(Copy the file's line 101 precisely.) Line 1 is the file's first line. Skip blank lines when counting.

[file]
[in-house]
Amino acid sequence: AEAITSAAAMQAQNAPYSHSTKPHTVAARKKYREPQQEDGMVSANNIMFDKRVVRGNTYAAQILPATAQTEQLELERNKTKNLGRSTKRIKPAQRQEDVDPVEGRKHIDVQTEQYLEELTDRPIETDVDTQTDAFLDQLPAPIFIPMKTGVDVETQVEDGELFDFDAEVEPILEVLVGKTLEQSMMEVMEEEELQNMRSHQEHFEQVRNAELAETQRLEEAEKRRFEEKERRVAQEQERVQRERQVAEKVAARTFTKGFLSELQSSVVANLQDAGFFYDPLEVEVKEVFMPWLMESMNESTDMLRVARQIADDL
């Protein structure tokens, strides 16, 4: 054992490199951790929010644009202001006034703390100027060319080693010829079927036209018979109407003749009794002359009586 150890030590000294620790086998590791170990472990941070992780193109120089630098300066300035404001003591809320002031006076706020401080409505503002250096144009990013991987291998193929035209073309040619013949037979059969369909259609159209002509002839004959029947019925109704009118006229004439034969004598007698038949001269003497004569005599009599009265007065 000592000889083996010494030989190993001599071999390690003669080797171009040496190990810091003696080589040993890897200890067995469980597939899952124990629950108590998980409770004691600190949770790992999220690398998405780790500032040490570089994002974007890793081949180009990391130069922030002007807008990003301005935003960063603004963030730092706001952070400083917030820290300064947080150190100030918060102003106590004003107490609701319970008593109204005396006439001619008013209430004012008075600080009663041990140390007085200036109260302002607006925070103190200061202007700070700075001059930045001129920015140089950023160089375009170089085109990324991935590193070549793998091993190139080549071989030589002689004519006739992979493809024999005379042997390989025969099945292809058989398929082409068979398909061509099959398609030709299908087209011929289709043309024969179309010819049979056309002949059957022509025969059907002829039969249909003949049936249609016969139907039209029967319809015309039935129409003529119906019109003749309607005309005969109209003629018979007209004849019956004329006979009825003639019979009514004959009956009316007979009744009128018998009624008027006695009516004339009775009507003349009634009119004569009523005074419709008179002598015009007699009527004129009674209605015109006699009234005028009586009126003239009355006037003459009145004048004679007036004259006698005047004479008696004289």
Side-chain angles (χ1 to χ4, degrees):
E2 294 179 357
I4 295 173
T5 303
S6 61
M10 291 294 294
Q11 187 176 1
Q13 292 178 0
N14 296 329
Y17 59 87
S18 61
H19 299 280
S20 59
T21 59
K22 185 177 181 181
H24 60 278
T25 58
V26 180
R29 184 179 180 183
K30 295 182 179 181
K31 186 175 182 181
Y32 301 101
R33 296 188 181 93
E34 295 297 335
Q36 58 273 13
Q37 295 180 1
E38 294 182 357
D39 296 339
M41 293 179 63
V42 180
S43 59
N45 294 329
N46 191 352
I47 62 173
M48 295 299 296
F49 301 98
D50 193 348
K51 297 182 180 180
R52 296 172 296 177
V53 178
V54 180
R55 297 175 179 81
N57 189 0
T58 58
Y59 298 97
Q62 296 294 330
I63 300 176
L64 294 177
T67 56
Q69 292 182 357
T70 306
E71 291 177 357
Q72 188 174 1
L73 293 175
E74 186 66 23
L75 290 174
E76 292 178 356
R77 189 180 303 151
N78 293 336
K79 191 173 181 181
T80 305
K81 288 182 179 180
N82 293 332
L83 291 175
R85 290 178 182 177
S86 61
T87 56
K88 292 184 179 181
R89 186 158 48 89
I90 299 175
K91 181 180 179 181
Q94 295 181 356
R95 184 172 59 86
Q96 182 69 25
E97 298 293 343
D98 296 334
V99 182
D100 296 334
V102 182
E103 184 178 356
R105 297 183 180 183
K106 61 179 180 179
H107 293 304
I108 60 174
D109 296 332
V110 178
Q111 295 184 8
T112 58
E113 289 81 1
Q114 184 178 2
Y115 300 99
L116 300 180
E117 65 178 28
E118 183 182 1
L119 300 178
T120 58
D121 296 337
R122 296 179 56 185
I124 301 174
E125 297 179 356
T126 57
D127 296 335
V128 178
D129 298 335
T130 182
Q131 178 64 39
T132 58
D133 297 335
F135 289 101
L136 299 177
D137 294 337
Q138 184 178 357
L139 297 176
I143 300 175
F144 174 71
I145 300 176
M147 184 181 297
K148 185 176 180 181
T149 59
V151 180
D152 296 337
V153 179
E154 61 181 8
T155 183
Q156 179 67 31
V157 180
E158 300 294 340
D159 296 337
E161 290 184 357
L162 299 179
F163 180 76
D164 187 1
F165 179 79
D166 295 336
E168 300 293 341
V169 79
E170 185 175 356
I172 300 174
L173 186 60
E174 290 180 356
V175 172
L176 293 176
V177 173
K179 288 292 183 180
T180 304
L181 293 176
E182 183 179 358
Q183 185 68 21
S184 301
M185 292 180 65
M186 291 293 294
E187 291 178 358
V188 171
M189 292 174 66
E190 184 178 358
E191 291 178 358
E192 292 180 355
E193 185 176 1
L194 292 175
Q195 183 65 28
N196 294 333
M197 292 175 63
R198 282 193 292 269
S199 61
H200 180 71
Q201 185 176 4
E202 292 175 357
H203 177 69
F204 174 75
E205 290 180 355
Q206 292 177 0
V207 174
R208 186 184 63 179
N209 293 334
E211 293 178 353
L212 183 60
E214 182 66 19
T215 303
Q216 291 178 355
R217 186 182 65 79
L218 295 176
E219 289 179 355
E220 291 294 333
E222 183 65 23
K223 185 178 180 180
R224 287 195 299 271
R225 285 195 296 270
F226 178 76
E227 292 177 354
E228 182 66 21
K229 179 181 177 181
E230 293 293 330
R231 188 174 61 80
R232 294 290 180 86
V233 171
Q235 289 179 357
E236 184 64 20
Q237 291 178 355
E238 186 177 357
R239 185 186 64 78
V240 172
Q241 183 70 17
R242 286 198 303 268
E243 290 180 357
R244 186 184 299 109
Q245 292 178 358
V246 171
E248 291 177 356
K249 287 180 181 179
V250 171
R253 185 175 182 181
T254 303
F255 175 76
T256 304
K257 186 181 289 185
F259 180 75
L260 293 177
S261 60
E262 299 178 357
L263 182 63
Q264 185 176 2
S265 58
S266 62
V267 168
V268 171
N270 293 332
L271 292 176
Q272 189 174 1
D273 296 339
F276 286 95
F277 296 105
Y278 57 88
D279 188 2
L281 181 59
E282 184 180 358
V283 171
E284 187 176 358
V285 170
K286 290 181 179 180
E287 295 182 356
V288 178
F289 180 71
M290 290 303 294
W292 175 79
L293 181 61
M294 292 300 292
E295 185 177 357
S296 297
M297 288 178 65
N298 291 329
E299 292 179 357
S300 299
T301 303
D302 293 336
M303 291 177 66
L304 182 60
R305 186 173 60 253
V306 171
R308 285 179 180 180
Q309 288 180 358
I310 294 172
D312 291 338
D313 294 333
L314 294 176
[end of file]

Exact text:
R122 296 179 56 185